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New research from Network Rail has revealed that one in seven drivers report they wouldn’t wait for the barrier or gate to open at a level crossing before driving their vehicle over.
In the last five years alone, six people have lost their lives in vehicles at level crossings, with many more being hurt and injured.
Every week, approximately 46 incidents involving vehicles occur at level crossings across the country; lorries are the most common specific vehicle type involved, with cars the second most common at 28 per cent.
The study, carried out by Populus on behalf of Network Rail, revealed a lack of knowledge may be to blame, with almost a third of UK drivers reporting they have never been taught how to use a level crossing.
While Britain has the safest rail network in Europe, level crossings are one of the biggest public safety risks. Network Rail’s 20,000 miles of track is crossed by around 3,800 public and private road crossings.
Nearly half of the drivers surveyed felt their passengers were the biggest distraction while driving. The thought of arriving late also distracted nearly a third of drivers, with exams or a hospital appointment being the top reasons for not waiting at a crossing.
The findings showed that one in nine (11 per cent) drivers would go straight over a level crossing if they had checked the train timetable and believed no train was coming. This is particularly dangerous as freight trains are not listed on the public timetable and often pass through level crossings at speeds of up to 100mph.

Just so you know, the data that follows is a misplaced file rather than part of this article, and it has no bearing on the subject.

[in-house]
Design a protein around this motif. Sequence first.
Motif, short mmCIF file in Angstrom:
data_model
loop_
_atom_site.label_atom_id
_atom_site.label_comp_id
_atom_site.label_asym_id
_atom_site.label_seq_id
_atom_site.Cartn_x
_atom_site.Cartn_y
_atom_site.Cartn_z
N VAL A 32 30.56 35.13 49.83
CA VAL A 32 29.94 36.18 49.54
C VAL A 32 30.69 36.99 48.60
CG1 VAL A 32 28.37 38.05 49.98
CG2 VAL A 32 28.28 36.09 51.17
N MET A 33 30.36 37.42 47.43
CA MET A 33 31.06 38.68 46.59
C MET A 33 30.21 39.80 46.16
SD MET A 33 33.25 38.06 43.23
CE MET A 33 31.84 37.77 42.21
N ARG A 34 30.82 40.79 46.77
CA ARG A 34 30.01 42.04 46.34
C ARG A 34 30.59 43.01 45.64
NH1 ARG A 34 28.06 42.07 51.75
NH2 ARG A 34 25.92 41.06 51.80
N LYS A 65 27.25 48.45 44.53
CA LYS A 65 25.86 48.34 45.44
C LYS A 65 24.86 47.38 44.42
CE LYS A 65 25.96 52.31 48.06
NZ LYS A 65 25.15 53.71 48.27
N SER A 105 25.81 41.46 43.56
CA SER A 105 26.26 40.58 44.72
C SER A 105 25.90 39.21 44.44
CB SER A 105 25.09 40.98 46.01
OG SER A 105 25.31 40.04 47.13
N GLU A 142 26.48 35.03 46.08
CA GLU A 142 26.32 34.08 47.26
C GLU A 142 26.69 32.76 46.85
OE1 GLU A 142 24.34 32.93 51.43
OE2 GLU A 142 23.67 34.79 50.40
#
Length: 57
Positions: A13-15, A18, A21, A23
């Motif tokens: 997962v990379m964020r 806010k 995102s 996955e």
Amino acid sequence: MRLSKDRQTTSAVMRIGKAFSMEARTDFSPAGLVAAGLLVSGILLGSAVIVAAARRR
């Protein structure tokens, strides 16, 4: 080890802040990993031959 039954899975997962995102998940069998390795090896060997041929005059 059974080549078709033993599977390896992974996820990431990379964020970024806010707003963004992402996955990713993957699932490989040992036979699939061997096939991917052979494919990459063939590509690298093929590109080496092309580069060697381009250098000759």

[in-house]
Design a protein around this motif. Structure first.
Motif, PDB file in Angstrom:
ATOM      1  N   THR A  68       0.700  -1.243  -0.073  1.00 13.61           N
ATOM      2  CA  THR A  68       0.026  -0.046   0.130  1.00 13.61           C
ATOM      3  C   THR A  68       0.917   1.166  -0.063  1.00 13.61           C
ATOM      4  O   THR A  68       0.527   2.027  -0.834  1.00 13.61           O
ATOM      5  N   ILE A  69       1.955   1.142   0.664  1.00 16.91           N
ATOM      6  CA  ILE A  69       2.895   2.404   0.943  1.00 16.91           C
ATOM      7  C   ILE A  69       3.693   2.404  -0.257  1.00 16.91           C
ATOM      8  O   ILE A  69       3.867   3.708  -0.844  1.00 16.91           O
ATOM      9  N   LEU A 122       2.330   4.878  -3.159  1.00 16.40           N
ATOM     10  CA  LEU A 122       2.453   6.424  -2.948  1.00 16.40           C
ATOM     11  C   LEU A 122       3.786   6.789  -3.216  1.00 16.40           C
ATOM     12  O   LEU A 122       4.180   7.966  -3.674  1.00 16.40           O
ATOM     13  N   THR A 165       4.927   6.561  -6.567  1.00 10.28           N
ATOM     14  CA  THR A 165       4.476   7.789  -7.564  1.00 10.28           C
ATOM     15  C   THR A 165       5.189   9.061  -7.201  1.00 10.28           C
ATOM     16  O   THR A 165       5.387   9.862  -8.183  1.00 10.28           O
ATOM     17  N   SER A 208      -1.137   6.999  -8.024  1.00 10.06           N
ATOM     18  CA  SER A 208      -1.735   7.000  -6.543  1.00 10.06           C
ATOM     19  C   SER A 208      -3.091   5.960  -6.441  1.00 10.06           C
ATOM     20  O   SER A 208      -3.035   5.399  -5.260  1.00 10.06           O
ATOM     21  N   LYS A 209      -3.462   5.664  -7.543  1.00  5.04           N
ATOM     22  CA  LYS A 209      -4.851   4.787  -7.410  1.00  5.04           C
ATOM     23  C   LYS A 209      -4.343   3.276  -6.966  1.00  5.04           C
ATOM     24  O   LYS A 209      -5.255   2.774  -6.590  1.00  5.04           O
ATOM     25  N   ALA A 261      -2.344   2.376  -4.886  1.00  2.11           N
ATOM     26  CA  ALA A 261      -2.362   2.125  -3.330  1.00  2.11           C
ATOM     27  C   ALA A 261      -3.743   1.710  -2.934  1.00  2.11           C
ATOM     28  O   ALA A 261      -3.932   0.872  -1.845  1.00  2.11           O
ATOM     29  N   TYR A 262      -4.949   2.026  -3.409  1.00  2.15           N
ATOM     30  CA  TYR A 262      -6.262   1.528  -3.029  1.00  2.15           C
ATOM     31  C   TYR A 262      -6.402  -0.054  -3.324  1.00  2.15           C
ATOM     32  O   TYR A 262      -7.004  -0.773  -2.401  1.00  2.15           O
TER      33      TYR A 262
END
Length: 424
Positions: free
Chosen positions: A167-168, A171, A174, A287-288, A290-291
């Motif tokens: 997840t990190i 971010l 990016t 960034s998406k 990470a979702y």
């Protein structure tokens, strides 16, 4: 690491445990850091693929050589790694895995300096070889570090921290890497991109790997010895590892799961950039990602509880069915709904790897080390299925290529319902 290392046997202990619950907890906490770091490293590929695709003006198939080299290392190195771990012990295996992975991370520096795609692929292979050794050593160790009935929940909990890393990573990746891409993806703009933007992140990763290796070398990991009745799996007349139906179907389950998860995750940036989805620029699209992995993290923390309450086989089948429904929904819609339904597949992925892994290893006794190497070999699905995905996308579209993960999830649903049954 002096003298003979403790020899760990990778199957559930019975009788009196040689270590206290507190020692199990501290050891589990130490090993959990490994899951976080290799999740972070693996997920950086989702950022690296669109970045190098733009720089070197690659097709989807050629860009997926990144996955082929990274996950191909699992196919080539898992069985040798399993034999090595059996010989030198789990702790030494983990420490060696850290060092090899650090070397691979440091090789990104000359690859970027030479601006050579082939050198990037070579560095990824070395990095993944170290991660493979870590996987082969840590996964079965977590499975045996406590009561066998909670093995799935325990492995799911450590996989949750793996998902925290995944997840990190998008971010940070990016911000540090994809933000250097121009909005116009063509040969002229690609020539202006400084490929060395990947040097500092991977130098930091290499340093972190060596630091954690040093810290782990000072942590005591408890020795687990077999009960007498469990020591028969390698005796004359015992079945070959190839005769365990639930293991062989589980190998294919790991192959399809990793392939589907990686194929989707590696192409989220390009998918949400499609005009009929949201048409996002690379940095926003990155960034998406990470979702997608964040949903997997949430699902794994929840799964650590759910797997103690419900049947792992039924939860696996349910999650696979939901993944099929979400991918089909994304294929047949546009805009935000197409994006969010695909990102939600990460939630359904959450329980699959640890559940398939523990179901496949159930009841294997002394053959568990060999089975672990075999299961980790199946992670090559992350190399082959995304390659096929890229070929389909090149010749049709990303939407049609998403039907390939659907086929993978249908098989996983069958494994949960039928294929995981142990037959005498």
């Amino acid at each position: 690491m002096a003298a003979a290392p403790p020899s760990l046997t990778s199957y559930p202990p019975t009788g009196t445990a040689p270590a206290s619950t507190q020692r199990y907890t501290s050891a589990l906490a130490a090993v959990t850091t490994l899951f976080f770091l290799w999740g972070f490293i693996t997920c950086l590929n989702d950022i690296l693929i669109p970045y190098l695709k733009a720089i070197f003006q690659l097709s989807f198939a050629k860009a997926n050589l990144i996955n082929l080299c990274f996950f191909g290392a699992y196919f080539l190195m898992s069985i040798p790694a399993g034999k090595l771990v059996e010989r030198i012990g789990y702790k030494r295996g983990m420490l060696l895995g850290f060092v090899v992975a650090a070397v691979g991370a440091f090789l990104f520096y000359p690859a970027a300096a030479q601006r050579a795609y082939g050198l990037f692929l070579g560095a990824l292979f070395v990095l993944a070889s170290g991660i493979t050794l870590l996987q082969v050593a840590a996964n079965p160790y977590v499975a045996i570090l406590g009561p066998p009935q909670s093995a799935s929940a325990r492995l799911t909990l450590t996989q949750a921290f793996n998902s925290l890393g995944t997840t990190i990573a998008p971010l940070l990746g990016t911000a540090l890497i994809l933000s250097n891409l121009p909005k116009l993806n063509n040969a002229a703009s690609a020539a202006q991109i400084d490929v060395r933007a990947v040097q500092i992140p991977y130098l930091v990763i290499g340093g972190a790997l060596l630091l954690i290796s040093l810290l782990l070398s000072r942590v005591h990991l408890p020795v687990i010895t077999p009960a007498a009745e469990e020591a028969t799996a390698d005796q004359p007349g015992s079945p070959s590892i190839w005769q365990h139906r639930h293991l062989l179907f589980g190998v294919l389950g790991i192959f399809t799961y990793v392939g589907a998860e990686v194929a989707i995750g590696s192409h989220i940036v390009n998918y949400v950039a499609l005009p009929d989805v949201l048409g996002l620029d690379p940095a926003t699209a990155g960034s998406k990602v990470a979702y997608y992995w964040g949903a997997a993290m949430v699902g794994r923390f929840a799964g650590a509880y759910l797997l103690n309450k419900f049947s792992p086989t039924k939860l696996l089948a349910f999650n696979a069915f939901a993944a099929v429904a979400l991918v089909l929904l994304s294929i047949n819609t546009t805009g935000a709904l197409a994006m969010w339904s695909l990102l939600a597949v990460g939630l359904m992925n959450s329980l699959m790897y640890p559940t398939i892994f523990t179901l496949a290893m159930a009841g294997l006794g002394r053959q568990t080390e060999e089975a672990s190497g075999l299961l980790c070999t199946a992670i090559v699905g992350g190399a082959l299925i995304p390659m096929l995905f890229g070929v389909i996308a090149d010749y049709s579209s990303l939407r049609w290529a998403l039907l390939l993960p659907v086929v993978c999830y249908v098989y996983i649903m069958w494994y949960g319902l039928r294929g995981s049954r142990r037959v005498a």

Allan Spence, Head of Public and Passenger Safety at Network Rail, said: “It’s clear that there is a lack of knowledge around how dangerous railway crossings can be. We are seeing drivers take risks at level crossings every day – putting themselves and others in danger.
“We are investing more than £100 million to improve level crossing safety across Britain as part of the Railway Upgrade Plan, but we need drivers to obey the law at level crossings. By staying behind the barrier until it is safe to cross and paying attention to the warnings at level crossings, we can all keep ourselves and those in our vehicles out of harm’s way.”
Network Rail’s level crossing and community safety managers will continue to work with British Transport Police officers and raise awareness of level crossing safety across the rail network. They will hold safety events and encourage people to stay alert and avoid distractions when using a level crossing.
Inspector Becky Warren from British Transport Police, said: “We run a number of activities at level crossings throughout the UK. We want to raise awareness, help to educate drivers in how best to use level crossings and the potential dangers and consequences of deliberate miss use. Failing to stop when the lights come on, or worse still when the barriers start to come down, not only puts you and others in danger but are also offences which will lead to prosecution.”
This article first appeared on www.globalrailwayreview.com
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